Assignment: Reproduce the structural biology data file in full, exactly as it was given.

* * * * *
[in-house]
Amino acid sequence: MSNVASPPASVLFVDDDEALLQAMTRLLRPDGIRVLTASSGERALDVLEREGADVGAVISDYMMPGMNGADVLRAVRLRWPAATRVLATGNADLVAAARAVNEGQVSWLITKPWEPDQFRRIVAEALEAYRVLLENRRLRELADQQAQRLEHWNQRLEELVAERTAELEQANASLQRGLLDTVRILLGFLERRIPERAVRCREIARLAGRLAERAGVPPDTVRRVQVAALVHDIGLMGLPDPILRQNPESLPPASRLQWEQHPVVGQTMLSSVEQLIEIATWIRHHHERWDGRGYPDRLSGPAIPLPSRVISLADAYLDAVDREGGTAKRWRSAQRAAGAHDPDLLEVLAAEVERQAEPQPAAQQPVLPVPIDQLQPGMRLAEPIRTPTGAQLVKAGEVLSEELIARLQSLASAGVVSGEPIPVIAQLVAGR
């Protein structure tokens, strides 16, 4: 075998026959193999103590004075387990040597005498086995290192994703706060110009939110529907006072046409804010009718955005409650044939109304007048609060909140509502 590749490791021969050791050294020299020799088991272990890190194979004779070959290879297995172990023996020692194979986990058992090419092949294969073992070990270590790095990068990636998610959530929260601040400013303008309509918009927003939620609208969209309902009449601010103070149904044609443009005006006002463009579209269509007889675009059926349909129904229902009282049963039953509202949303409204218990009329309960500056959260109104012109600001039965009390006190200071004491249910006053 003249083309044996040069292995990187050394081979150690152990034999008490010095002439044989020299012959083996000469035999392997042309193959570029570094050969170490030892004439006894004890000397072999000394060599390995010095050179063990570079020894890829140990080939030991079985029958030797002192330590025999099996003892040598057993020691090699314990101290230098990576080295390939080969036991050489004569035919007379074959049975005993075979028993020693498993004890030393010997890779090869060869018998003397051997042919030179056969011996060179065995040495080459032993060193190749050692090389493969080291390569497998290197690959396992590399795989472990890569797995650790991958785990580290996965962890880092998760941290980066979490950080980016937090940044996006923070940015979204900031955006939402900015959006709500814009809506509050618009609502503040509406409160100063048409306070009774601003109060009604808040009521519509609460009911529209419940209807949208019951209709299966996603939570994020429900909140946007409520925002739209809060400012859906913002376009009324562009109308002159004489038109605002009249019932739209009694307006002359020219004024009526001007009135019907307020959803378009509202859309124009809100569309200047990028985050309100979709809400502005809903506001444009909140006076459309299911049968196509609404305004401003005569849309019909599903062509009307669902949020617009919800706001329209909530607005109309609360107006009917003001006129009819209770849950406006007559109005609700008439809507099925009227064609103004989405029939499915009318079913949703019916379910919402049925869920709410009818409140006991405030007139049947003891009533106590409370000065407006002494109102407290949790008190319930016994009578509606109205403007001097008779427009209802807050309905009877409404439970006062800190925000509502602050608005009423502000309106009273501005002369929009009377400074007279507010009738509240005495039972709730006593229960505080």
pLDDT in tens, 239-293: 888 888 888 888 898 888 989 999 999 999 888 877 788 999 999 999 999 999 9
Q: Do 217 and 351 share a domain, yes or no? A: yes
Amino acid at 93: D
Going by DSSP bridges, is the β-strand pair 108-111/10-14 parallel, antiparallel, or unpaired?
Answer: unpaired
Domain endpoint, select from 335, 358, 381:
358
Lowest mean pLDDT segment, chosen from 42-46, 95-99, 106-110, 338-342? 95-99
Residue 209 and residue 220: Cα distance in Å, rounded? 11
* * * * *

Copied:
[in-house]
Amino acid sequence: MSNVASPPASVLFVDDDEALLQAMTRLLRPDGIRVLTASSGERALDVLEREGADVGAVISDYMMPGMNGADVLRAVRLRWPAATRVLATGNADLVAAARAVNEGQVSWLITKPWEPDQFRRIVAEALEAYRVLLENRRLRELADQQAQRLEHWNQRLEELVAERTAELEQANASLQRGLLDTVRILLGFLERRIPERAVRCREIARLAGRLAERAGVPPDTVRRVQVAALVHDIGLMGLPDPILRQNPESLPPASRLQWEQHPVVGQTMLSSVEQLIEIATWIRHHHERWDGRGYPDRLSGPAIPLPSRVISLADAYLDAVDREGGTAKRWRSAQRAAGAHDPDLLEVLAAEVERQAEPQPAAQQPVLPVPIDQLQPGMRLAEPIRTPTGAQLVKAGEVLSEELIARLQSLASAGVVSGEPIPVIAQLVAGR
């Protein structure tokens, strides 16, 4: 075998026959193999103590004075387990040597005498086995290192994703706060110009939110529907006072046409804010009718955005409650044939109304007048609060909140509502 590749490791021969050791050294020299020799088991272990890190194979004779070959290879297995172990023996020692194979986990058992090419092949294969073992070990270590790095990068990636998610959530929260601040400013303008309509918009927003939620609208969209309902009449601010103070149904044609443009005006006002463009579209269509007889675009059926349909129904229902009282049963039953509202949303409204218990009329309960500056959260109104012109600001039965009390006190200071004491249910006053 003249083309044996040069292995990187050394081979150690152990034999008490010095002439044989020299012959083996000469035999392997042309193959570029570094050969170490030892004439006894004890000397072999000394060599390995010095050179063990570079020894890829140990080939030991079985029958030797002192330590025999099996003892040598057993020691090699314990101290230098990576080295390939080969036991050489004569035919007379074959049975005993075979028993020693498993004890030393010997890779090869060869018998003397051997042919030179056969011996060179065995040495080459032993060193190749050692090389493969080291390569497998290197690959396992590399795989472990890569797995650790991958785990580290996965962890880092998760941290980066979490950080980016937090940044996006923070940015979204900031955006939402900015959006709500814009809506509050618009609502503040509406409160100063048409306070009774601003109060009604808040009521519509609460009911529209419940209807949208019951209709299966996603939570994020429900909140946007409520925002739209809060400012859906913002376009009324562009109308002159004489038109605002009249019932739209009694307006002359020219004024009526001007009135019907307020959803378009509202859309124009809100569309200047990028985050309100979709809400502005809903506001444009909140006076459309299911049968196509609404305004401003005569849309019909599903062509009307669902949020617009919800706001329209909530607005109309609360107006009917003001006129009819209770849950406006007559109005609700008439809507099925009227064609103004989405029939499915009318079913949703019916379910919402049925869920709410009818409140006991405030007139049947003891009533106590409370000065407006002494109102407290949790008190319930016994009578509606109205403007001097008779427009209802807050309905009877409404439970006062800190925000509502602050608005009423502000309106009273501005002369929009009377400074007279507010009738509240005495039972709730006593229960505080």
pLDDT in tens, 239-293: 888 888 888 888 898 888 989 999 999 999 888 877 788 999 999 999 999 999 9
Q: Do 217 and 351 share a domain, yes or no? A: yes
Amino acid at 93: D
Going by DSSP bridges, is the β-strand pair 108-111/10-14 parallel, antiparallel, or unpaired?
Answer: unpaired
Domain endpoint, select from 335, 358, 381:
358
Lowest mean pLDDT segment, chosen from 42-46, 95-99, 106-110, 338-342? 95-99
Residue 209 and residue 220: Cα distance in Å, rounded? 11